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And, five or more hours of moderate -- but non-vigorous -- activity a week pushed that survival benefit to 25 percent, researchers said.
Walking, cleaning or gardening counted as moderate exercise, the study authors said.
Exercise benefits previously have been reported for early stage cancer patients. "But this study extends to patients who have advanced cancer and a much more grim prognosis," said Dr. Andrew Chan. He's an associate professor of medicine at Harvard Medical School in Boston.
"And even among that population, there seems to be a benefit to physical activity," said Chan, who wasn't involved in the study.
What's more, a half hour of such activity daily also translated into a 16 percent drop in the progression of disease, the study authors said.
The findings held up even after accounting for a range of factors, including patient age, body weight, overall health, other serious disease, or the particular type of cancer treatment underway.
"There is certainly increasing data to suggest that patents who have cancer and who are physically active do have a better prognosis," said Chan. "This has been shown in several other studies, and with different types of cancer."
This study bolsters that literature, he said, and demonstrates that this appears to be the case "even if they weren't active before their diagnosis."
The other thing novel with this study, Chan added, is that it looks at patients who don't consider themselves cured, unlike most other cancer-exercise studies.
The study team, led by Dr. Brendan Guercio, is scheduled to present the findings this week at the annual Gastrointestinal Cancers Symposium, in San Francisco. Data and conclusions presented at meetings are usually considered preliminary until published in a peer-reviewed medical journal.
The study can't actually prove that exercise improves the prognosis for late-stage colon cancer.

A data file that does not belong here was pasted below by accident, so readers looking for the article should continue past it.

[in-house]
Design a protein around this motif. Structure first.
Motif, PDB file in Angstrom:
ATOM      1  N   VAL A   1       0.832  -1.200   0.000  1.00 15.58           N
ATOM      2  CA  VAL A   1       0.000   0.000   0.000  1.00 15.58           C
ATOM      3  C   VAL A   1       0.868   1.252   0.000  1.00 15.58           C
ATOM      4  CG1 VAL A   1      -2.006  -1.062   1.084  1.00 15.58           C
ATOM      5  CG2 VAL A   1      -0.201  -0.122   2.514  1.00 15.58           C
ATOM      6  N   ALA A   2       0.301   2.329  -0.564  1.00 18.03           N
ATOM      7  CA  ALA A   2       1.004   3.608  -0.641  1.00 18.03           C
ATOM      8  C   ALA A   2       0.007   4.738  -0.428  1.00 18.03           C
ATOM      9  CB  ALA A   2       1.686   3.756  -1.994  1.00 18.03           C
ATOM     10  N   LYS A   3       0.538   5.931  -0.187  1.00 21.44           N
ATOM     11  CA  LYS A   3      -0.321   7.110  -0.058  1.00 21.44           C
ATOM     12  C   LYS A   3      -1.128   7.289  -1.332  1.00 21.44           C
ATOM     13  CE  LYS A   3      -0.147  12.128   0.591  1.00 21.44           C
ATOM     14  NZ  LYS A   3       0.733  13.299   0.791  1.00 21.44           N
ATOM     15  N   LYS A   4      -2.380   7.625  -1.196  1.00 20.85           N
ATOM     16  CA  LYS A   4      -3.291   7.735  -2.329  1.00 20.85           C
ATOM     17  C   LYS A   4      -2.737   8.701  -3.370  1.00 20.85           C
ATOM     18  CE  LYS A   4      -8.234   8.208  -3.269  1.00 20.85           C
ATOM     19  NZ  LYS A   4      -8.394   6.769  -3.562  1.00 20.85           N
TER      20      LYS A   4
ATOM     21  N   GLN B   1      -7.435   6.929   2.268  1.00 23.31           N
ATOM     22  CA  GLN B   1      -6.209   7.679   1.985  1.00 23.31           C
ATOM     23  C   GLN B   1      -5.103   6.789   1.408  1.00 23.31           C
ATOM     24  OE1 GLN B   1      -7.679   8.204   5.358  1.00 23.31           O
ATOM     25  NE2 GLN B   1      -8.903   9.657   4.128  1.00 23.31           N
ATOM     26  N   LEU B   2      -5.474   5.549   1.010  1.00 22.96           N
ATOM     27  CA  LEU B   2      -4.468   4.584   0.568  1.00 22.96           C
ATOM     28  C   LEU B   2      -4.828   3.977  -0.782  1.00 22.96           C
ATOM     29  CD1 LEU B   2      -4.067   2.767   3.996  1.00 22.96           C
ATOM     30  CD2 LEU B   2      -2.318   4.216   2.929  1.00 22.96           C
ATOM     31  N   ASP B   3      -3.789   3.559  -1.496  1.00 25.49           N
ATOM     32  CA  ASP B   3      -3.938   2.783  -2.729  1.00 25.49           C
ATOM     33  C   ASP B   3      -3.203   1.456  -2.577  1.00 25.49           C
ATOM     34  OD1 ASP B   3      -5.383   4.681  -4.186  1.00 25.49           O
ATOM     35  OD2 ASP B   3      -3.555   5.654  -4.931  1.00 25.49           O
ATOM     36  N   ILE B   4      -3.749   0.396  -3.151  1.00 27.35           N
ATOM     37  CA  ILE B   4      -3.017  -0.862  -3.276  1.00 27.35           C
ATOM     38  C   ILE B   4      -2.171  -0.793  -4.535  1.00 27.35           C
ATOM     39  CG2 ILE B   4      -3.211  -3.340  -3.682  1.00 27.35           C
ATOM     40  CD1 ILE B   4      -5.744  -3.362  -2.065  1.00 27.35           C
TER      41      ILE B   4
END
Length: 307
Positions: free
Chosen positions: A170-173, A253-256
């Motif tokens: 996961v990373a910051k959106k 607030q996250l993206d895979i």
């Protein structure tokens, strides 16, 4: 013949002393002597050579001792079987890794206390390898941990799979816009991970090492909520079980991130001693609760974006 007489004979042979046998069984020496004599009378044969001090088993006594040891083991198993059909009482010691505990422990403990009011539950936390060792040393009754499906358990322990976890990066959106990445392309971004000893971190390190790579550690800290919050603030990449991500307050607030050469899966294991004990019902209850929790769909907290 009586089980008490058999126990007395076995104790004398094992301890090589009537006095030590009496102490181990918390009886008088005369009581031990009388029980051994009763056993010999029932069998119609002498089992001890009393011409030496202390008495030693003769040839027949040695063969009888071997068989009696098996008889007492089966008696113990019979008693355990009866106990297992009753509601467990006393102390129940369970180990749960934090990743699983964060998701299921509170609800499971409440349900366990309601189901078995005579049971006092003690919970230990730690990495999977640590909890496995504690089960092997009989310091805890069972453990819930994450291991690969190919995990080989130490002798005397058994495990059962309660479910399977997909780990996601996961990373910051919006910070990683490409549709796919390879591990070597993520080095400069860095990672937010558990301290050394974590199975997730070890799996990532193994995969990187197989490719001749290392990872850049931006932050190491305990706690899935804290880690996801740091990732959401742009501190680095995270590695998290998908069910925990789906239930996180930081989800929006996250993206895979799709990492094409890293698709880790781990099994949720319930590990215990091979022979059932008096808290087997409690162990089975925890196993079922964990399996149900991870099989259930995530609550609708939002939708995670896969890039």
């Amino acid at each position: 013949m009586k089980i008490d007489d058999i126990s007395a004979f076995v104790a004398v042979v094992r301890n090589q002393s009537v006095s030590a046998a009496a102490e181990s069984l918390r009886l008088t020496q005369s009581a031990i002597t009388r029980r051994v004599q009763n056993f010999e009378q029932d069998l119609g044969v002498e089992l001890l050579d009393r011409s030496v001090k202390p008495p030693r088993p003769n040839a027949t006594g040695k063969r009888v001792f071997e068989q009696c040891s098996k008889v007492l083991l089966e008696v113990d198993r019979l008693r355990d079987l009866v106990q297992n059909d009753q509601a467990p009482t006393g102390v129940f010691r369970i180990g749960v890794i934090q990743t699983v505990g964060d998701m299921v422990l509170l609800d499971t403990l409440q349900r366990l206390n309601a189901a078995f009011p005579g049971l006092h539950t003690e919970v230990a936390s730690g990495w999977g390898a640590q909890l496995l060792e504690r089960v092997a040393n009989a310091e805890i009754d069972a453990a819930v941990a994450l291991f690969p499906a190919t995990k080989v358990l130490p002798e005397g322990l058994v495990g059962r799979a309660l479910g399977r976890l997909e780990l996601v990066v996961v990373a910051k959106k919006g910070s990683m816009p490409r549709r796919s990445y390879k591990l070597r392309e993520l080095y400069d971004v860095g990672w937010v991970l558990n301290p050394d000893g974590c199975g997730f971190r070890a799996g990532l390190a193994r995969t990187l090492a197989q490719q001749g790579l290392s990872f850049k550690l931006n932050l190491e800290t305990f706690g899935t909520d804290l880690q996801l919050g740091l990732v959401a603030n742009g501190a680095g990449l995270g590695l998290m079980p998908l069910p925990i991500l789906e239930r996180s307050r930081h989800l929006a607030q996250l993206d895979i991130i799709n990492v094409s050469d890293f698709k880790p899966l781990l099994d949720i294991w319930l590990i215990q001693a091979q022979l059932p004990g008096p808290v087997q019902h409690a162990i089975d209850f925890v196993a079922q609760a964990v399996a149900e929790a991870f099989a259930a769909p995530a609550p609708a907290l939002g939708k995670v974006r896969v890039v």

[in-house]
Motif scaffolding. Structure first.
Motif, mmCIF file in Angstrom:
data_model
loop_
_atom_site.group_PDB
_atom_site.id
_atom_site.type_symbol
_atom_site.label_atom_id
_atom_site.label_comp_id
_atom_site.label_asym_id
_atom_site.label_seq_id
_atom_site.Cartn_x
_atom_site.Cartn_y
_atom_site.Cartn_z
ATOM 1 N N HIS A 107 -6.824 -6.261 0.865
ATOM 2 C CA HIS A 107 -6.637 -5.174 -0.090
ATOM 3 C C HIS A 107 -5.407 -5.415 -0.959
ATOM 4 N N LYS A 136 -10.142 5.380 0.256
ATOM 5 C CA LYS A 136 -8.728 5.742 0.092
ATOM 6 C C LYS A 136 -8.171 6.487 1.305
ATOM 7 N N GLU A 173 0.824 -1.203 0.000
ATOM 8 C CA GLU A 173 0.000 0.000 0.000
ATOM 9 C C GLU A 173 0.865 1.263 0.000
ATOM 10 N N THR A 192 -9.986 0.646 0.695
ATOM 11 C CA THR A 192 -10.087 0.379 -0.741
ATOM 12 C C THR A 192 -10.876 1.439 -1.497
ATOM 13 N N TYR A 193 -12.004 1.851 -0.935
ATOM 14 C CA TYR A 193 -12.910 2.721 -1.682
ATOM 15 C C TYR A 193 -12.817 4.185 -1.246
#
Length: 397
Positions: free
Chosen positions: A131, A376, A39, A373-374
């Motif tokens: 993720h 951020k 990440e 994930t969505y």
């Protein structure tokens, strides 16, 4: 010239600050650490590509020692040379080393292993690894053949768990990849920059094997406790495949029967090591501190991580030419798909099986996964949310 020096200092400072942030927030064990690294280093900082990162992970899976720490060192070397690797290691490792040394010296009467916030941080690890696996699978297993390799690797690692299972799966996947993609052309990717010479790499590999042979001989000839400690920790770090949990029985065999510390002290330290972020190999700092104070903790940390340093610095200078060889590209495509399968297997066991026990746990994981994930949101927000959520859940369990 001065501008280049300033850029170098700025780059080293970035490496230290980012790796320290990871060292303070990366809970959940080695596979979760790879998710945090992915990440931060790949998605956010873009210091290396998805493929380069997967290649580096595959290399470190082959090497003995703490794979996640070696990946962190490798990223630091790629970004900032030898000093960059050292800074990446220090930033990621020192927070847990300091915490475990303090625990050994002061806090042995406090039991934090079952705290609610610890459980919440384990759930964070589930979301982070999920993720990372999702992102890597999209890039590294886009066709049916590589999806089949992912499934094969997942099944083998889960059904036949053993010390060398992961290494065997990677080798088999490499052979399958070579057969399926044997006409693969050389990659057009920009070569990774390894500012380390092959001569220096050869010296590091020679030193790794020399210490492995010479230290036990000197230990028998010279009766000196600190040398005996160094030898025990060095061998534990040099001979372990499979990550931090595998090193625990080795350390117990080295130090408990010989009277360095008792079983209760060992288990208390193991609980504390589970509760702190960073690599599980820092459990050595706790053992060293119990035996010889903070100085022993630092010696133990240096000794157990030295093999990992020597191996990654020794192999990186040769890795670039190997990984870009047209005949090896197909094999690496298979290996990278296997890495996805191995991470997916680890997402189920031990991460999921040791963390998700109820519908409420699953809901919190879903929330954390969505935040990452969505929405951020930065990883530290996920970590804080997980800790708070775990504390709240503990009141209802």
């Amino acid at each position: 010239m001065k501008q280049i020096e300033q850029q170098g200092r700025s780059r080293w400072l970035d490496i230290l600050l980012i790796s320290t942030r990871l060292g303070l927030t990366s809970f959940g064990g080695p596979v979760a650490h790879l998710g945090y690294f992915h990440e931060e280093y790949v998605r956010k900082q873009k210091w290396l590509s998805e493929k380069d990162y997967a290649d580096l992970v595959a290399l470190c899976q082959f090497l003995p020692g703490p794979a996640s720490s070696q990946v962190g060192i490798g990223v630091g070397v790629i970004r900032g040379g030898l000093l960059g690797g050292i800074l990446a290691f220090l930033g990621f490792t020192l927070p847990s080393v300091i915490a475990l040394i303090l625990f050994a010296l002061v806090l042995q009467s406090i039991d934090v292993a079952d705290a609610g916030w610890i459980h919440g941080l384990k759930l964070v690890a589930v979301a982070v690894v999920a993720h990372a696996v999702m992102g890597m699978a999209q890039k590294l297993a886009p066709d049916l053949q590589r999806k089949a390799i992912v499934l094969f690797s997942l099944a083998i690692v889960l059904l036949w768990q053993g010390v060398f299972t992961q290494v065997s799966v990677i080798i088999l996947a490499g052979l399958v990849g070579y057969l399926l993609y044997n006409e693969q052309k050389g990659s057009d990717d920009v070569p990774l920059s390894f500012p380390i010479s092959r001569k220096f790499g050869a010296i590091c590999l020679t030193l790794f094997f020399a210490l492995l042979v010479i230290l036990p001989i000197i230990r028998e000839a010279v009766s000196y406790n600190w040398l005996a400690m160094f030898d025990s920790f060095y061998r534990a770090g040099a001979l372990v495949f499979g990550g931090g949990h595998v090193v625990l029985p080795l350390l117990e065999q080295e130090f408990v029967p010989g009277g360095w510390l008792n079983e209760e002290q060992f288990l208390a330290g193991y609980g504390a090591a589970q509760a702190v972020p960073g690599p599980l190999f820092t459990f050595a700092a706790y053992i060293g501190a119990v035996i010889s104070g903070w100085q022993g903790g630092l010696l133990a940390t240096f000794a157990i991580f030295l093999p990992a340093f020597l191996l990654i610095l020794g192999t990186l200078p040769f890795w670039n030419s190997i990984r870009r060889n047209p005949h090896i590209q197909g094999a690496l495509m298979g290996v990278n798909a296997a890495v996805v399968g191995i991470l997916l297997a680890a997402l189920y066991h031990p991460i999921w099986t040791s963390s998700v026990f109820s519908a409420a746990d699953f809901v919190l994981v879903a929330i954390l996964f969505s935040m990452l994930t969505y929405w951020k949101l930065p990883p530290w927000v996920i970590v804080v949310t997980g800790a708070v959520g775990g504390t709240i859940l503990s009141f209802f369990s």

Still, "while exercise is by no means a substitute for chemotherapy, patients can experience a wide range of benefits from as little as 30 minutes of exercise a day," Guercio said in a symposium news release. He's a resident physician at Brigham and Women's Hospital in Boston.
Surprisingly, the researchers noted that advanced-stage colon cancer patients only appeared to derive benefit from moderate -- not vigorous -- activity. No similar link was seen with routinely engaging in more strenuous sports or running.
Patients were surveyed about their physical activity when they began chemotherapy treatment. The researchers then determined weekly activity levels using a scientific measure known as the "metabolic equivalent task" (MET). MET designations reflect the amount of energy expended during physical activity.
But why didn't more strenuous activity confer similar benefits?
"It's difficult to understand," said Chan. "There's not a clear explanation biologically as to why there would be a different outcome in terms of vigorous activity, as opposed to more moderate activity. Most studies actually haven't seen that."
Going forward, it's important to determine if this is a true difference, he said, and if so, to try to explain it.
Guercio and his colleagues agreed that more research is needed to confirm the findings. The study was funded in part by the U.S. National Institutes of Health.This article was source from UPI.com. Click here for the full article.